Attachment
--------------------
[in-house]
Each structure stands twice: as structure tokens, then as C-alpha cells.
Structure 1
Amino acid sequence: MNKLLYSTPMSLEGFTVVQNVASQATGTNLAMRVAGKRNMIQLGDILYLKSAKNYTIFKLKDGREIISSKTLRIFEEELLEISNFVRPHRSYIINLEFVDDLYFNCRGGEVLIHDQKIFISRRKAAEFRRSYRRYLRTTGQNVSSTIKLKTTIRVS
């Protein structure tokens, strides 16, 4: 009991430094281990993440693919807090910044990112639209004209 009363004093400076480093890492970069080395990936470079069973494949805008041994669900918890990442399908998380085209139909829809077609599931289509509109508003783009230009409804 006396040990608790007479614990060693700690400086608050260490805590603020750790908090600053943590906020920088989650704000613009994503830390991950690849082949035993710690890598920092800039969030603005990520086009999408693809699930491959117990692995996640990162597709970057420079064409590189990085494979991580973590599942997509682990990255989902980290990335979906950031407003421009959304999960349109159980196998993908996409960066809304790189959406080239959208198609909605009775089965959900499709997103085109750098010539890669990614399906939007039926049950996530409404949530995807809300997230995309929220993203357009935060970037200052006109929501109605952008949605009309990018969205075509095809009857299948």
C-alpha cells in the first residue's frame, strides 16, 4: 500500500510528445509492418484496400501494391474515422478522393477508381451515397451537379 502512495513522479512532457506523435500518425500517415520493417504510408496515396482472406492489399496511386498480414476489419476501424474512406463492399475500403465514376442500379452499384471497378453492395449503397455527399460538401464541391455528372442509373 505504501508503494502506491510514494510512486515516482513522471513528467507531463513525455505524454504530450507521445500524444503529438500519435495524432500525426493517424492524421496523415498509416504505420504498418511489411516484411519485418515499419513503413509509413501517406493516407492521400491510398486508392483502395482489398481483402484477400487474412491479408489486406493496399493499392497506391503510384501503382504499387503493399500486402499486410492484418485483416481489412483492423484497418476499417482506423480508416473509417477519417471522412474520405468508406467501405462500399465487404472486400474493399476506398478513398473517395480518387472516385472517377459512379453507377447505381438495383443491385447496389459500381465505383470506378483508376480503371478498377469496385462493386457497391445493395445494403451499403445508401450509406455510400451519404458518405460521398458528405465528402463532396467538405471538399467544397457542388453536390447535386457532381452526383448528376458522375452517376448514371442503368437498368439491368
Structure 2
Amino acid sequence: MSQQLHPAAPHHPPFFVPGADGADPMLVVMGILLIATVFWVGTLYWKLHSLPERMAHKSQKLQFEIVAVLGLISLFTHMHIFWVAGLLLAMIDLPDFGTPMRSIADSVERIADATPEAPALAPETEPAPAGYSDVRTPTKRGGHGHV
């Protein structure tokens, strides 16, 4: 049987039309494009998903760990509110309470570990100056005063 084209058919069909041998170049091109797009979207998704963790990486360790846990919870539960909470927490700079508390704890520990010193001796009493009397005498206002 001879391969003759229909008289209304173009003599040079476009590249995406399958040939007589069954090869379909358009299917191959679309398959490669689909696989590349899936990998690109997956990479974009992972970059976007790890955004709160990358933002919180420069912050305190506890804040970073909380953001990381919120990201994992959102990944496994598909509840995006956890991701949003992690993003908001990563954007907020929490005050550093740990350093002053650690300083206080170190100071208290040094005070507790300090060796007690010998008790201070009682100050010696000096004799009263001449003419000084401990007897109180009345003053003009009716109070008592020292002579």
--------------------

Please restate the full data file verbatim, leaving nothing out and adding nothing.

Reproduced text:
[in-house]
Each structure stands twice: as structure tokens, then as C-alpha cells.
Structure 1
Amino acid sequence: MNKLLYSTPMSLEGFTVVQNVASQATGTNLAMRVAGKRNMIQLGDILYLKSAKNYTIFKLKDGREIISSKTLRIFEEELLEISNFVRPHRSYIINLEFVDDLYFNCRGGEVLIHDQKIFISRRKAAEFRRSYRRYLRTTGQNVSSTIKLKTTIRVS
């Protein structure tokens, strides 16, 4: 009991430094281990993440693919807090910044990112639209004209 009363004093400076480093890492970069080395990936470079069973494949805008041994669900918890990442399908998380085209139909829809077609599931289509509109508003783009230009409804 006396040990608790007479614990060693700690400086608050260490805590603020750790908090600053943590906020920088989650704000613009994503830390991950690849082949035993710690890598920092800039969030603005990520086009999408693809699930491959117990692995996640990162597709970057420079064409590189990085494979991580973590599942997509682990990255989902980290990335979906950031407003421009959304999960349109159980196998993908996409960066809304790189959406080239959208198609909605009775089965959900499709997103085109750098010539890669990614399906939007039926049950996530409404949530995807809300997230995309929220993203357009935060970037200052006109929501109605952008949605009309990018969205075509095809009857299948």
C-alpha cells in the first residue's frame, strides 16, 4: 500500500510528445509492418484496400501494391474515422478522393477508381451515397451537379 502512495513522479512532457506523435500518425500517415520493417504510408496515396482472406492489399496511386498480414476489419476501424474512406463492399475500403465514376442500379452499384471497378453492395449503397455527399460538401464541391455528372442509373 505504501508503494502506491510514494510512486515516482513522471513528467507531463513525455505524454504530450507521445500524444503529438500519435495524432500525426493517424492524421496523415498509416504505420504498418511489411516484411519485418515499419513503413509509413501517406493516407492521400491510398486508392483502395482489398481483402484477400487474412491479408489486406493496399493499392497506391503510384501503382504499387503493399500486402499486410492484418485483416481489412483492423484497418476499417482506423480508416473509417477519417471522412474520405468508406467501405462500399465487404472486400474493399476506398478513398473517395480518387472516385472517377459512379453507377447505381438495383443491385447496389459500381465505383470506378483508376480503371478498377469496385462493386457497391445493395445494403451499403445508401450509406455510400451519404458518405460521398458528405465528402463532396467538405471538399467544397457542388453536390447535386457532381452526383448528376458522375452517376448514371442503368437498368439491368
Structure 2
Amino acid sequence: MSQQLHPAAPHHPPFFVPGADGADPMLVVMGILLIATVFWVGTLYWKLHSLPERMAHKSQKLQFEIVAVLGLISLFTHMHIFWVAGLLLAMIDLPDFGTPMRSIADSVERIADATPEAPALAPETEPAPAGYSDVRTPTKRGGHGHV
């Protein structure tokens, strides 16, 4: 049987039309494009998903760990509110309470570990100056005063 084209058919069909041998170049091109797009979207998704963790990486360790846990919870539960909470927490700079508390704890520990010193001796009493009397005498206002 001879391969003759229909008289209304173009003599040079476009590249995406399958040939007589069954090869379909358009299917191959679309398959490669689909696989590349899936990998690109997956990479974009992972970059976007790890955004709160990358933002919180420069912050305190506890804040970073909380953001990381919120990201994992959102990944496994598909509840995006956890991701949003992690993003908001990563954007907020929490005050550093740990350093002053650690300083206080170190100071208290040094005070507790300090060796007690010998008790201070009682100050010696000096004799009263001449003419000084401990007897109180009345003053003009009716109070008592020292002579």